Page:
Saturday, August 18, 2012

Characters vs plot, or the art of listening

I'm approaching the writing of this play completely differently from how I wrote my last play.  With my last play, I had no idea what the story was I was going to tell -  I just let my characters "speak" to me, intuiting how each scene flowed to the next, discovering the story and the plot as I went along.  When I finally wrote to the end, I then went back and made adjustments to give it more structure.  I thought this would be how I would always write plays, as I love the discovery process and the feeling of just being in the flow.

But with this play, I know the story I want to tell, and I had an outline for the whole play several weeks ago.  So now the process of writing is giving those plot points dialogue, rather than writing dialogue to discover the plot points.  While this process definitely has its advantages, I'm also discovering it has its own pitfalls, or at least one major pitfall for me:

When I write from the characters first, and not from the plot, I am writing from what they want, what they need, and then discovering how they act because of that.  When I know how they already act, I don't automatically get in touch with why they act that way, and the dialogue ends up being stilted and a clumsy way of telling the story.  The characters can feel shallow, like cardboard cutouts of people instead of real people.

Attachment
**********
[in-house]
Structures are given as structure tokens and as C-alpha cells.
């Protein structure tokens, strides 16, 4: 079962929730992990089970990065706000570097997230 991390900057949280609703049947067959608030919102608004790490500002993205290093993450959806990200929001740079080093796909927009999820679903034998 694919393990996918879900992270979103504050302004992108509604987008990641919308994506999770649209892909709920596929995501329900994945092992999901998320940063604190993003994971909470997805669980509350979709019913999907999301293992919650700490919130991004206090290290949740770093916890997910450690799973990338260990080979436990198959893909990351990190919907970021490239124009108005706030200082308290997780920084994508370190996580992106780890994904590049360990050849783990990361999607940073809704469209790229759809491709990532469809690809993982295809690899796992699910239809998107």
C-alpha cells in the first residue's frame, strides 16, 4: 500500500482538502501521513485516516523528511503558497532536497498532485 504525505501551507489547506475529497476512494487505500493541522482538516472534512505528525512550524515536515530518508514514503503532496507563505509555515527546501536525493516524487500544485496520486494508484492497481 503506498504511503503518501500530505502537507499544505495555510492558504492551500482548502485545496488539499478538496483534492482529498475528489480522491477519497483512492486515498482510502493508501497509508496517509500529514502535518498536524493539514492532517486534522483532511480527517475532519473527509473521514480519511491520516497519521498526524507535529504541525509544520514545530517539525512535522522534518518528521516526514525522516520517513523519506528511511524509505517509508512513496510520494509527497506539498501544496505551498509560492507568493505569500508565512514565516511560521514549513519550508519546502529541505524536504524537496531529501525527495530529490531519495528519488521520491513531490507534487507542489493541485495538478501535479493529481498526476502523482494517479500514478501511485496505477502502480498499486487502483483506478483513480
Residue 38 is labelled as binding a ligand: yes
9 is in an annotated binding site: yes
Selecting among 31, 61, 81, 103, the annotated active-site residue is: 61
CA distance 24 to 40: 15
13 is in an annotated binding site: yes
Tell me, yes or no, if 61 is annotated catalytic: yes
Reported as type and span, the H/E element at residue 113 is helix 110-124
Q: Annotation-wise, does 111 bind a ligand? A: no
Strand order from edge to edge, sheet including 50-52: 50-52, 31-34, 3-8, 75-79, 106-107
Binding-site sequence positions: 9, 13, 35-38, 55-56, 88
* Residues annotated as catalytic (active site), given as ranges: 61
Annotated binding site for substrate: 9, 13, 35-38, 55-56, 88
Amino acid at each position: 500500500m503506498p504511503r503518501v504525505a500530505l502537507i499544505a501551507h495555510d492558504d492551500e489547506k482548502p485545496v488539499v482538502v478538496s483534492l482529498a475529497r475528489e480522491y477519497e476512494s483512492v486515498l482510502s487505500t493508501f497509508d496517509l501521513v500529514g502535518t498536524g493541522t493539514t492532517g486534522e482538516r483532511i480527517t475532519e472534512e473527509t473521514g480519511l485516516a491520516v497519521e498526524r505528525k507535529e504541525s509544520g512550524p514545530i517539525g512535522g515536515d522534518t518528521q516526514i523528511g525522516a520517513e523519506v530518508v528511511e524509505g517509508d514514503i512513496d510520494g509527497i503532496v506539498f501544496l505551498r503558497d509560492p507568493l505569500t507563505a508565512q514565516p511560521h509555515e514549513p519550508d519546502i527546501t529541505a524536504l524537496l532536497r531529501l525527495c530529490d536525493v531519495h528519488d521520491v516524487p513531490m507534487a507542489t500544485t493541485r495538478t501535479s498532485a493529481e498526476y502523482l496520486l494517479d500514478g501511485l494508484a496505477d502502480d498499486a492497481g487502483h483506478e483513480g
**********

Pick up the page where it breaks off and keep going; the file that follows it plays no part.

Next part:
I first became aware of this problem when I was stuck in the middle of the first scene and realized it was because I didn't really know what the emotional need was for each character.  While thinking about their needs definitely helped, and I did get through that first scene, I still wasn't quite happy with it.  And I find that as I go forward into other scenes, I am running up against the same problem again: I am too focused on the plot points and not enough on what is really driving the characters to act the way they do.

The root of the problem is that I don't know my characters well enough.  When I write without a story line, I have nothing to go on except who my characters are.  I have to wait and listen to them to tell me what they are going to do, and in so doing, I discover more about them.  It feels as if they are already fully formed people I am simply uncovering.  But when I write from the plot first, it's easy to skip over that listening/discovering phase.  I mean, heck, if I already know what they do, then I must know who they are, right?

I need to spend some time really listening to my characters, the way I did in my first play.  A great way to do this is through free writing, where I write as if I am the charcter writing in a journal, telling my/her story.  I started with Rosie, my main character, and I've already discovered a couple of major things about her that will have a huge impact on the first two scenes (though, in the interests of moving forward, for now I am simply going to make note of them and wait til later to actually rewrite them).  I can't wait to hear what else she has to tell me.
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